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lemari makanan by Dzulhaidy Abdul Rahim, flickr

It was chipped plate day. Benevolence sorted through the painted stoneware set on the shelf and yanked out one that was had a nice size chip on the edge. Namaste-nighttime- greeter would like it or she would throw the whole thing in the trash – plate, leftover chili, noodles, cheese, sour cream.

Last night, Kadin had knocked on her door on his way to his bedroom, and in a goofy manner, almost as if nothing happened between them earlier, said “namaste.”  He wasn’t much of a “namaste” guy, had argued for the election of the bellicose, unhinged political candidate though he wasn’t old enough to vote. No, it was a joke. He was mocking her of course.

Earlier he had grumbled about having to take out the trash and the dog. When she started to think about how it made her feel, she sent him her special version of the shake down text. They were on different levels of her townhouse – she, on the third level in her bedroom, watching on her computer the series about debunked methods of gathering forensic evidence, and he, on the second floor, tucked into his xbox game of formula one. The meds she was taking for cancer prevention hobbled her and she wasn’t coming down to talk to him. So she sent the text. He would just have to deal. He had enough of a conscience to come up and work it out with her.

He was too old to punish. She didn’t want him to leave her permanently or ignore her or withhold like what happened with her own parents.

No, she had the art of reasoning on her side, her verbal abilities, and if the going was especially rough, tactics of guilt and manipulation. But the chipped plate seemed a good enough little satisfaction on her end. He would never know, of course. But she would: That she had a choice of what to serve his meal on, a whole, perfectly good plate, or one with a chip. Here ya go, little namaste king, she thought, handing him the leftovers he had quietly protested her making for him. Her funds were low for the month. They would have to be careful. He didn’t care. He decided to pout anyway? Whom had she raised? He was twenty years old. He would learn soon enough. Namaste. She smiled.

While she was in the kitchen, she was drenched, sweating. It was July. Florida. The air conditioning bills can sky rocket and often things break so the AC companies rake it in. Winter times, she shuts everything down and watches the power bill dip. It really was the little things. She was getting old which shown in these small pleasures.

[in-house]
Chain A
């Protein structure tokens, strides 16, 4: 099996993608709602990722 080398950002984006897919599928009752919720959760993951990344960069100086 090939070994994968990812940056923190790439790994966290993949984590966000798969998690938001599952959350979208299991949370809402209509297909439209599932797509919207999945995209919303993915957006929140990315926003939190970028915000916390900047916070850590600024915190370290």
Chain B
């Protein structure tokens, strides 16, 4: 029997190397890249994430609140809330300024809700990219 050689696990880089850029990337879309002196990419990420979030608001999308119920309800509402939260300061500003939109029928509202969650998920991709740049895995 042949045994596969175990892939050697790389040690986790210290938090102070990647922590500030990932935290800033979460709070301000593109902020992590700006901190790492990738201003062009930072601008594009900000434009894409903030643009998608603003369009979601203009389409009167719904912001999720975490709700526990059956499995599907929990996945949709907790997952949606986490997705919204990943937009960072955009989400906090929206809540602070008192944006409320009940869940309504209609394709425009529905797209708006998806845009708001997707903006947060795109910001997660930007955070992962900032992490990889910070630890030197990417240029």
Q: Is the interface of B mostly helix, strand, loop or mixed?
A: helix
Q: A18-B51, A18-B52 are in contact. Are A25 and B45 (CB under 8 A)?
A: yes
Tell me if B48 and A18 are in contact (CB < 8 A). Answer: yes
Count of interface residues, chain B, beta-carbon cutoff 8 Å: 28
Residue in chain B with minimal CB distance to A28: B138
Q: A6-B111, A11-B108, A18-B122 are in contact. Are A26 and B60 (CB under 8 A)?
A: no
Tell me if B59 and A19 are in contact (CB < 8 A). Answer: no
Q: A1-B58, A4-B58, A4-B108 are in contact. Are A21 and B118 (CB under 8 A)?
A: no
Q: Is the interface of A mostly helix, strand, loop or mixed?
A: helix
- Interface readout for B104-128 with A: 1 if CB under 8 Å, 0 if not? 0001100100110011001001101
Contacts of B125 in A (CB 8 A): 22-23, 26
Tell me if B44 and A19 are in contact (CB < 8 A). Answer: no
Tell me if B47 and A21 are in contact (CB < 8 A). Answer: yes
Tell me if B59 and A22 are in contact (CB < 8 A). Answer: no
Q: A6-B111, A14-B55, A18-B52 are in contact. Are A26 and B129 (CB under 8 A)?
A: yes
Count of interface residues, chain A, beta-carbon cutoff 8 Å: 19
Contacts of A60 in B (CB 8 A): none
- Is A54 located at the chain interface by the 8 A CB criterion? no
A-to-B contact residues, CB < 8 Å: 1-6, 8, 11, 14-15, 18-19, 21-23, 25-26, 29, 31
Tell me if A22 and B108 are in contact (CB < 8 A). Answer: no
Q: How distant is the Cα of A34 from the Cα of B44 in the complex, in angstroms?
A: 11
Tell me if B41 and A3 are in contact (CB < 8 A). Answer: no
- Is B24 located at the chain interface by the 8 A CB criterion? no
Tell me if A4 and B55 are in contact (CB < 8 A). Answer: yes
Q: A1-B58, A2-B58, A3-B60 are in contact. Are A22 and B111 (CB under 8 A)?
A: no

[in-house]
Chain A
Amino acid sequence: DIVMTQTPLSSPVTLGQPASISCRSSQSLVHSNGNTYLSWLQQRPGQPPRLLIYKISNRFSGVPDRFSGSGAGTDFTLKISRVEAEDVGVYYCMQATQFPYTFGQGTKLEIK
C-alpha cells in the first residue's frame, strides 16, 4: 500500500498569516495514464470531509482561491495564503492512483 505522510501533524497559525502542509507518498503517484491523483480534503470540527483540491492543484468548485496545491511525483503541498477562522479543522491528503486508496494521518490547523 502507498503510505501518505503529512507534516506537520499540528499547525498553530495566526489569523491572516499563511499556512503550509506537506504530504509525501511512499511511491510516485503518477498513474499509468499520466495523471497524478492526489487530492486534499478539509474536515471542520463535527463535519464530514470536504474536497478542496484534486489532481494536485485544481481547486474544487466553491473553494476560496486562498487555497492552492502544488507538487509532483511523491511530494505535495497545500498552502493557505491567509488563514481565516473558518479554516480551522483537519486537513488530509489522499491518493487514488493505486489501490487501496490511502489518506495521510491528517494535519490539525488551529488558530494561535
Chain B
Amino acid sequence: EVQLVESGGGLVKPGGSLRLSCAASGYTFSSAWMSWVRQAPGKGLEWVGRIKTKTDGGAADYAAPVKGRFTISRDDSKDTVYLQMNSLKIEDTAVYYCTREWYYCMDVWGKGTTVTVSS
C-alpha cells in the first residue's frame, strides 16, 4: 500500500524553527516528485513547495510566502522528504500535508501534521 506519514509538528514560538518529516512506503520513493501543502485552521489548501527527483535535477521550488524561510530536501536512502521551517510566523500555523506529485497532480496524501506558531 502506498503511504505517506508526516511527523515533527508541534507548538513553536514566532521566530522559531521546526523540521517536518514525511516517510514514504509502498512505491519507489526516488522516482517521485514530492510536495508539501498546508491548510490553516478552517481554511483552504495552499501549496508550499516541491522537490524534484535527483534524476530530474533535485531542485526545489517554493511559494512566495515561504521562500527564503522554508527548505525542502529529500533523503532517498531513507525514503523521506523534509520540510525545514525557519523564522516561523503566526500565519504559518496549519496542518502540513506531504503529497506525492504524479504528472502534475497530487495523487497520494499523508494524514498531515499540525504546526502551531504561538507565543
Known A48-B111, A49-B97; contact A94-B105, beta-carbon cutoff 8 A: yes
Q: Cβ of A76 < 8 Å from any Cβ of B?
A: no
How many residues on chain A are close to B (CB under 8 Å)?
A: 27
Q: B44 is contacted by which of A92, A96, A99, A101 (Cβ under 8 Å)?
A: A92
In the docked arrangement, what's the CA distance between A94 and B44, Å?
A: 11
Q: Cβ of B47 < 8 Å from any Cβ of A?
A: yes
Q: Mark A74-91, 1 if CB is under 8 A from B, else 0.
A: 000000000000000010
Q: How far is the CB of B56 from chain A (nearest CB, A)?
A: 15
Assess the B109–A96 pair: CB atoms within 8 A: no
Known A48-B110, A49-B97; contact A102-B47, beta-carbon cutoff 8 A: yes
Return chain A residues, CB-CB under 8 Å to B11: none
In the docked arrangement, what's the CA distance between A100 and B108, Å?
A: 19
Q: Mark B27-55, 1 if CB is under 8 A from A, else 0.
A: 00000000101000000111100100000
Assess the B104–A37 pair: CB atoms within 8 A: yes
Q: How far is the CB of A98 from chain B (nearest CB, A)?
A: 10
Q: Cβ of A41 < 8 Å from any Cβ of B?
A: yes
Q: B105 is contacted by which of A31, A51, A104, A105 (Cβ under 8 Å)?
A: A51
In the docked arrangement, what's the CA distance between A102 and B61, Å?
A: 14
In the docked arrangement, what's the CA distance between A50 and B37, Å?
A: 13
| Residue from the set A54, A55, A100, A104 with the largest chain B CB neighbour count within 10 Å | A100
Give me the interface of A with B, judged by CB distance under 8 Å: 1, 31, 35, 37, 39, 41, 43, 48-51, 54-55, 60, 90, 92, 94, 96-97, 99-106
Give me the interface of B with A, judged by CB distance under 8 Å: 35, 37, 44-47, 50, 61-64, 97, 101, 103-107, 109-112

She was drenched and so makes a joke about carrying around the box fan to help her through the weather and menopause. Namaste boy gets a little crazy, says wow, isn’t she getting like a bit explicit.

I’m not talking about my sex life she said. He could handle it. He was twenty. Well, maybe that was a little much so she added, My hormones brought you into the world and they also almost killed me with cancer. Besides, she wanted to say, changing your diaper was quite the raw and unfiltered experience in reality, if you want to talk explicit.

He would learn soon enough, wouldn’t he: the unexpected vicissitudes of life, the need to eat leftovers,  learning maybe temporarily to be poor, learning he won’t be served just what he wants and when. She had not completely spoiled him. But guilt – mainly, the divorce – had slowed down some of the teaching.

When he went to work later, his summer delivery job, in thunderstorms in a city full of car crashes from severe weather, power outages, blown out traffic lights, she turned her phone on to charge. In case he needed her.

Namaste, she thought.

In the fall he would be gone to school to live off campus with his friends. She was giving him a great deal of her furniture. He was already interviewing for next summer’s internship and would probably not be back.

Her heart was so wounded. But of course this was so right.

What had she left undone? Everything, it seemed.

But maybe he would think it natural to take the chipped plate for himself, leave the whole plates for others. He would never see it as a punishment perhaps. She knew he had confidence to not see it as a lesser position.

Only the clock kept her company, and her little dog’s snoring. It was the fifth day of July and some were still shooting fireworks down the street. How quiet it would be come August.

 

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